9. Tannin

    Double Pippin Punch?

    Hmm, I just found a Pippin punch on Amazon by Tandy that is much cheaper than the Osbourne ones I normally see (~ a third of the price) - but they call it a "button hole punch": http://amzn.to/1NysXiQ They also show a handy size chart:
  10. Tannin

    Double Pippin Punch?

    Or simply punch 2 holes & cut between them with a craft knife or wood chisel. More work & only as consistent as the craftsman tho' It's a pity Pippen punches and Pippin plier punches are expensive & hard to come by. I wonder if the Chinese leather tool makers will get round to producing some - they seem to make many/most leather tools now, including a wide variety of punches but I have yet to see a Chinese Pippin punch. They'd probably end up selling on ebay for a couple of dollars!
  11. Good point. Have you considered making your own copper rivets? I came across this on youtube sometime ago:
  12. Really nice & tidy and everything nicely proportioned. What thickness thread did you use & how many SPI (stitches per inch), 6 or 7? Nice job on the brass pop studs too - it's surprising how much can go wrong with those, esp. on thicker leather. If you don't like the patina of verdigris, good ventilation and a greasy coating (e.g. Ko-cho-line leather treatment/petroleum jelly/Dubbin/most any grease) should help prevent it. I was surprised to see the rivets at the back of the axe head, it would have been simpler to just wrap one piece of leather around -- was the idea to use smaller pieces of leather? They look good. If the copper rivets are in contact with the iron/steel of the axe head you will likely get an electrolytic reaction over time if there is moisture around (in the UK there is often quite a lot of moisture around ). I like the drop-in, full head cover design, secure & safe.
  13. I didn't see a response to the above post. You're description matches my understanding of the difference between pricking wheel & overstitch wheels. It is possible to buy new pricking wheels very cheaply these days. e.g. This one is only £1.29 inc. shipping from Amazon: I bought one & tried it out last week. I was rather disappointed because I could not see the tiny point marks in the very dark brown (almost black), textured leather I was using (admittedly my eye sight is not what it used to be). I went back to using pricking irons instead. Below is what I think of as an overstitch wheel but I have not tried one (they look tougher, more versatile & less prickly than pricking wheels): From: http://www.marthastewart.com/1125947/how-sew-leather-hand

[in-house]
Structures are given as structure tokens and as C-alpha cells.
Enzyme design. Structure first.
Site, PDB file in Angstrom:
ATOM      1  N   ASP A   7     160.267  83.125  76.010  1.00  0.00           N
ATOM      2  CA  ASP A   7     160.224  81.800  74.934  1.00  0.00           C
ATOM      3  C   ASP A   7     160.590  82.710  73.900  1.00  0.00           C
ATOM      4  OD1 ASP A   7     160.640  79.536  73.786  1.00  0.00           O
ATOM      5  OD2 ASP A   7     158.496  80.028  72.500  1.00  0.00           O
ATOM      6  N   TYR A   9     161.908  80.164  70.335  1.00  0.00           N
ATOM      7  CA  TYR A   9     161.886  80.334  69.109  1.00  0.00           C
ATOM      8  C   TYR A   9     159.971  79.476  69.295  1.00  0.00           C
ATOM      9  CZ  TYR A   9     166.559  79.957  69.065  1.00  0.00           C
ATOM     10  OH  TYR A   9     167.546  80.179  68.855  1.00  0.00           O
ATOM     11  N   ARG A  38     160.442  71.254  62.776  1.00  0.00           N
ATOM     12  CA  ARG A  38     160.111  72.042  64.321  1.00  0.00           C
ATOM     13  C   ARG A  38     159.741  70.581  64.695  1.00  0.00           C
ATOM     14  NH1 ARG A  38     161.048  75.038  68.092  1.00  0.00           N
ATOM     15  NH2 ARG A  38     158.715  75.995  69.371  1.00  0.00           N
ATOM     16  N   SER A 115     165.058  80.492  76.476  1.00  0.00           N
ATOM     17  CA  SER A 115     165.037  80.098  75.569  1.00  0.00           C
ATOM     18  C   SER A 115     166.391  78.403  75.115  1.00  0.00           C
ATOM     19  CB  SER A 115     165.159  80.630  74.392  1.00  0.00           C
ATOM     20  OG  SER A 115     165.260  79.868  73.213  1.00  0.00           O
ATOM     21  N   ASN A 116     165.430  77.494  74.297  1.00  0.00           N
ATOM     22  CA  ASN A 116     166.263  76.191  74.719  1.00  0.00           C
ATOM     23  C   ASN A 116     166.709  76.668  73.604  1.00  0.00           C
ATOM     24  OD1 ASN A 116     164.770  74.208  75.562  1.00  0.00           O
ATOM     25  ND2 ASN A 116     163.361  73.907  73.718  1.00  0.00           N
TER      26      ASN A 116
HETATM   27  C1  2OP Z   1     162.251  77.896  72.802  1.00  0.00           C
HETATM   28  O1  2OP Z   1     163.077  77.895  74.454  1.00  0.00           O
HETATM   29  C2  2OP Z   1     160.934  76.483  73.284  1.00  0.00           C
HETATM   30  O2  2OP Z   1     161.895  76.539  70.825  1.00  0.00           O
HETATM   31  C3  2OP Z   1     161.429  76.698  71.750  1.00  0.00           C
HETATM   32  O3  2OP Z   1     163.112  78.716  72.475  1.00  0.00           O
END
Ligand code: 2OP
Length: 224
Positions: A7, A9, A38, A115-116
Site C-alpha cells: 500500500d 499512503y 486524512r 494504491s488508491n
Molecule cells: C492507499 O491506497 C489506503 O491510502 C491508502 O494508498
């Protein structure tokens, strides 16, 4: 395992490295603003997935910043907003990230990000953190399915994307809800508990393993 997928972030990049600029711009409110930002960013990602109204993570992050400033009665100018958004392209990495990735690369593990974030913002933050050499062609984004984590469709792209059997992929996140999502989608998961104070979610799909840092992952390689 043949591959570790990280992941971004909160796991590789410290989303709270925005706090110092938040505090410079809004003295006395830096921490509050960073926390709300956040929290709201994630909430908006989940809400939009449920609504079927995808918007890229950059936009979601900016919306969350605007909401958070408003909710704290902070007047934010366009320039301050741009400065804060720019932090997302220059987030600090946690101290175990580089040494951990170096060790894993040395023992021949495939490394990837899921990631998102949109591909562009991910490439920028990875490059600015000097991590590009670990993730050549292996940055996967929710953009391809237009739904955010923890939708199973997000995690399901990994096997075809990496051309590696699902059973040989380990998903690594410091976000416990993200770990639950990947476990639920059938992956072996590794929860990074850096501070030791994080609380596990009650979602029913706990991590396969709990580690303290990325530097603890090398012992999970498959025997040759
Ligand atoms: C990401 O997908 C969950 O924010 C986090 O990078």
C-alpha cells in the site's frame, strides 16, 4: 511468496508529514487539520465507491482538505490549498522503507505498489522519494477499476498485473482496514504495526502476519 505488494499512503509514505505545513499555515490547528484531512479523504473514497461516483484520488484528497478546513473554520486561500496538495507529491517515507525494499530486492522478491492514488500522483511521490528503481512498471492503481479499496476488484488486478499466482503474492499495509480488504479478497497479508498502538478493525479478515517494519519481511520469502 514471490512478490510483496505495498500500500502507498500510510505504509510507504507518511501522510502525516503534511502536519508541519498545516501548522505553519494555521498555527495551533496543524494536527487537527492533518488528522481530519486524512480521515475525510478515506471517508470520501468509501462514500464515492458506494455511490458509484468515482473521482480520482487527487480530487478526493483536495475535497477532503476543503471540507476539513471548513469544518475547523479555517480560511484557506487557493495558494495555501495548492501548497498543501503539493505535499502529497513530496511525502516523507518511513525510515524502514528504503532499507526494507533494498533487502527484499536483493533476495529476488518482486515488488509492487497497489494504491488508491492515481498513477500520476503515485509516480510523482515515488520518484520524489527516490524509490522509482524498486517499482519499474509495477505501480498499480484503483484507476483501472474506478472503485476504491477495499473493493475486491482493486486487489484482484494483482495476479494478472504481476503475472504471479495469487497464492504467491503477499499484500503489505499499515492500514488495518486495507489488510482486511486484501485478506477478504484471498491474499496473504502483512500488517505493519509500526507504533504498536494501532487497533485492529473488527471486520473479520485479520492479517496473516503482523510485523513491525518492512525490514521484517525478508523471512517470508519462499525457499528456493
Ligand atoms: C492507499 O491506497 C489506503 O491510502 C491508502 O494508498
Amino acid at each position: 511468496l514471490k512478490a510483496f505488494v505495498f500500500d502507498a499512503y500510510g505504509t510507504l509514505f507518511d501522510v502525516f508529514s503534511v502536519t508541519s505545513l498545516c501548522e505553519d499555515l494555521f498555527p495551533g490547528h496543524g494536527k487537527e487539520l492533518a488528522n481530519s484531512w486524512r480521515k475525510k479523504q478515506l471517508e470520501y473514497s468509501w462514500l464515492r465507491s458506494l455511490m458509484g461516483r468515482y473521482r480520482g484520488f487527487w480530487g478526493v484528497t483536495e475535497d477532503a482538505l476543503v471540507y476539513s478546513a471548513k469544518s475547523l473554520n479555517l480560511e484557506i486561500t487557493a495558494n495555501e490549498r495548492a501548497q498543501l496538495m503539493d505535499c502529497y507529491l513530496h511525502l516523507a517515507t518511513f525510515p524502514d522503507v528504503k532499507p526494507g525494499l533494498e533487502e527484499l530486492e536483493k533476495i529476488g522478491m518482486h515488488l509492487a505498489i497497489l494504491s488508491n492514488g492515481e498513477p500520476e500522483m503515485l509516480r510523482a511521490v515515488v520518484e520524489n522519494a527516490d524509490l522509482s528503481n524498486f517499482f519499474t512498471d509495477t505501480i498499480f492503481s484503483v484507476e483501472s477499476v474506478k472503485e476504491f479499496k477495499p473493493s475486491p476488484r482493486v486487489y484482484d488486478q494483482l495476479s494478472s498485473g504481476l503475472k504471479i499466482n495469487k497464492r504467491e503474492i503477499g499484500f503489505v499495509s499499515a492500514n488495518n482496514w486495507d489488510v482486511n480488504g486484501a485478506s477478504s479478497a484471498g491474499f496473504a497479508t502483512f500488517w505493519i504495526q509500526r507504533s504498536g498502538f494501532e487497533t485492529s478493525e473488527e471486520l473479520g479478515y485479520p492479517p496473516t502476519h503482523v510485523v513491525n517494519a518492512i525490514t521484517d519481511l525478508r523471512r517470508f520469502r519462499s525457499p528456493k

14. I got one of these higher quality (heavy duty I would say) but no-name punch pliers from Amazon last year. It's made in Taiwan and I've been very pleased with it. It's solid, not cheap for sure but it compares well with some (very) similar looking name brand products that cost far more (I suspect the manufacturer supplies other companies).
  15. Tannin

    Osborne Pricking Chisel?

    Sorry I mis-read your question - my response above may be of use though. Re. your specific question, that looks a lot like my Joseph Dixon iron when it first arrived - and it does not surprise me that they suggest it is intended for lacing. After using mine a couple of times, with horrible results, I sent it back to Dixons for them to re-grind slimmer (I had specified "slim" when I ordered but apparently that meant nothing to them but they were willing to grind it to my required width without any additional hassle or cost - you pay a lot but they provided good service, before they went under). So my guess would be that you could use it for stitching BUT (unless you are doing some big, heavy, horsey leather work that needs 3mm+ wide slots) that you will be disappointed by it UNLESS you are willing & able to grind the sides down yourself to make the slots much narrower (to maybe 1.5mm?). There is a cheaper & simpler solution in my post above: either cheap, short Chinese irons or the more expensive Chinese Euro irons - although it is possible that the latter are base on a similar design & might have the same problem , check dimensions carefully.